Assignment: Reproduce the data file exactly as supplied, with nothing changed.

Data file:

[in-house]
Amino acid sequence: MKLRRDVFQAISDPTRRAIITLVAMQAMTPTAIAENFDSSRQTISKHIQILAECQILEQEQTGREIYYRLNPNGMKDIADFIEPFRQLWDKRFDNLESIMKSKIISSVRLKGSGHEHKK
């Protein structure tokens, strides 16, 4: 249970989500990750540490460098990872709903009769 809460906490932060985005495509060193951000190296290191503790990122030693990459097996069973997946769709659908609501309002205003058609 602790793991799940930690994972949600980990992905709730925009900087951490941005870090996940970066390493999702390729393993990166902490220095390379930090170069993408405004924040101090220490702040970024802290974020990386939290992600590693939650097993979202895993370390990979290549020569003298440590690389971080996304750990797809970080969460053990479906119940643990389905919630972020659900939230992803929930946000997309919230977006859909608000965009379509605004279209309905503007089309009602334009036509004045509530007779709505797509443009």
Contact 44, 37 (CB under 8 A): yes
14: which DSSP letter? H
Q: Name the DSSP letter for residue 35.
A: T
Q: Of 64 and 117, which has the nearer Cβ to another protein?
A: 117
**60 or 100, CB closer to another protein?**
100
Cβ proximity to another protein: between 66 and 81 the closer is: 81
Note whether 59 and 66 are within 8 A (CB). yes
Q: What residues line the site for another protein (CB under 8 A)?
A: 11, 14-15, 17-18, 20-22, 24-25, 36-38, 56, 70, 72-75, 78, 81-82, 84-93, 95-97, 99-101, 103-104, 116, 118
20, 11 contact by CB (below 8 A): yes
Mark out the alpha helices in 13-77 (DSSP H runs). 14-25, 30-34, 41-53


[in-house]
Amino acid sequence: MKLRRDVFQAISDPTRRAIITLVAMQAMTPTAIAENFDSSRQTISKHIQILAECQILEQEQTGREIYYRLNPNGMKDIADFIEPFRQLWDKRFDNLESIMKSKIISSVRLKGSGHEHKK
């Protein structure tokens, strides 16, 4: 249970989500990750540490460098990872709903009769 809460906490932060985005495509060193951000190296290191503790990122030693990459097996069973997946769709659908609501309002205003058609 602790793991799940930690994972949600980990992905709730925009900087951490941005870090996940970066390493999702390729393993990166902490220095390379930090170069993408405004924040101090220490702040970024802290974020990386939290992600590693939650097993979202895993370390990979290549020569003298440590690389971080996304750990797809970080969460053990479906119940643990389905919630972020659900939230992803929930946000997309919230977006859909608000965009379509605004279209309905503007089309009602334009036509004045509530007779709505797509443009």
Contact 44, 37 (CB under 8 A): yes
14: which DSSP letter? H
Q: Name the DSSP letter for residue 35.
A: T
Q: Of 64 and 117, which has the nearer Cβ to another protein?
A: 117
**60 or 100, CB closer to another protein?**
100
Cβ proximity to another protein: between 66 and 81 the closer is: 81
Note whether 59 and 66 are within 8 A (CB). yes
Q: What residues line the site for another protein (CB under 8 A)?
A: 11, 14-15, 17-18, 20-22, 24-25, 36-38, 56, 70, 72-75, 78, 81-82, 84-93, 95-97, 99-101, 103-104, 116, 118
20, 11 contact by CB (below 8 A): yes
Mark out the alpha helices in 13-77 (DSSP H runs). 14-25, 30-34, 41-53